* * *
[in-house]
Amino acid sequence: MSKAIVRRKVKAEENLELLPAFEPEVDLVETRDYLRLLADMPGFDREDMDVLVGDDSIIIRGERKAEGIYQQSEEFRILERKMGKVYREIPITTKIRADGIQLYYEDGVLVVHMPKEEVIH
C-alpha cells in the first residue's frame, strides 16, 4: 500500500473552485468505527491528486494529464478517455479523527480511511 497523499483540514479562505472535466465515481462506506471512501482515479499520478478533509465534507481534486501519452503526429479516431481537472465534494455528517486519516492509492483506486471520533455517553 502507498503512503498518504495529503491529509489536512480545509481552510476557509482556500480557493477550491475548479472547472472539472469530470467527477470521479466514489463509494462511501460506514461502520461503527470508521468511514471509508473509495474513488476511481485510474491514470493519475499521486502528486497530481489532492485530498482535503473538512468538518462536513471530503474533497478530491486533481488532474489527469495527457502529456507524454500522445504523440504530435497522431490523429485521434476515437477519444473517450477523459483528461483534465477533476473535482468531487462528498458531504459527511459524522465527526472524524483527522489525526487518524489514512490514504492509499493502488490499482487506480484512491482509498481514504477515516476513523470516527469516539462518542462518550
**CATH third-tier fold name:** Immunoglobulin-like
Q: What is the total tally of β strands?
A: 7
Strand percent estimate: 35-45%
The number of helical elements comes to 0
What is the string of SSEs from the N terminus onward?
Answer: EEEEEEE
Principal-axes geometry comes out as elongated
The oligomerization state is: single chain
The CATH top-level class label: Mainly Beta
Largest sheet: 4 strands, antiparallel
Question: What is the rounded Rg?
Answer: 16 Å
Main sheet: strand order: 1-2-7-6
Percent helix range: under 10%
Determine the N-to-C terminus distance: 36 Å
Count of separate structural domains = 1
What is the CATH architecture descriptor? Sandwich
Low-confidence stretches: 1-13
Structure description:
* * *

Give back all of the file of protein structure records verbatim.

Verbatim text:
[in-house]
Amino acid sequence: MSKAIVRRKVKAEENLELLPAFEPEVDLVETRDYLRLLADMPGFDREDMDVLVGDDSIIIRGERKAEGIYQQSEEFRILERKMGKVYREIPITTKIRADGIQLYYEDGVLVVHMPKEEVIH
C-alpha cells in the first residue's frame, strides 16, 4: 500500500473552485468505527491528486494529464478517455479523527480511511 497523499483540514479562505472535466465515481462506506471512501482515479499520478478533509465534507481534486501519452503526429479516431481537472465534494455528517486519516492509492483506486471520533455517553 502507498503512503498518504495529503491529509489536512480545509481552510476557509482556500480557493477550491475548479472547472472539472469530470467527477470521479466514489463509494462511501460506514461502520461503527470508521468511514471509508473509495474513488476511481485510474491514470493519475499521486502528486497530481489532492485530498482535503473538512468538518462536513471530503474533497478530491486533481488532474489527469495527457502529456507524454500522445504523440504530435497522431490523429485521434476515437477519444473517450477523459483528461483534465477533476473535482468531487462528498458531504459527511459524522465527526472524524483527522489525526487518524489514512490514504492509499493502488490499482487506480484512491482509498481514504477515516476513523470516527469516539462518542462518550
**CATH third-tier fold name:** Immunoglobulin-like
Q: What is the total tally of β strands?
A: 7
Strand percent estimate: 35-45%
The number of helical elements comes to 0
What is the string of SSEs from the N terminus onward?
Answer: EEEEEEE
Principal-axes geometry comes out as elongated
The oligomerization state is: single chain
The CATH top-level class label: Mainly Beta
Largest sheet: 4 strands, antiparallel
Question: What is the rounded Rg?
Answer: 16 Å
Main sheet: strand order: 1-2-7-6
Percent helix range: under 10%
Determine the N-to-C terminus distance: 36 Å
Count of separate structural domains = 1
What is the CATH architecture descriptor? Sandwich
Low-confidence stretches: 1-13
Structure description: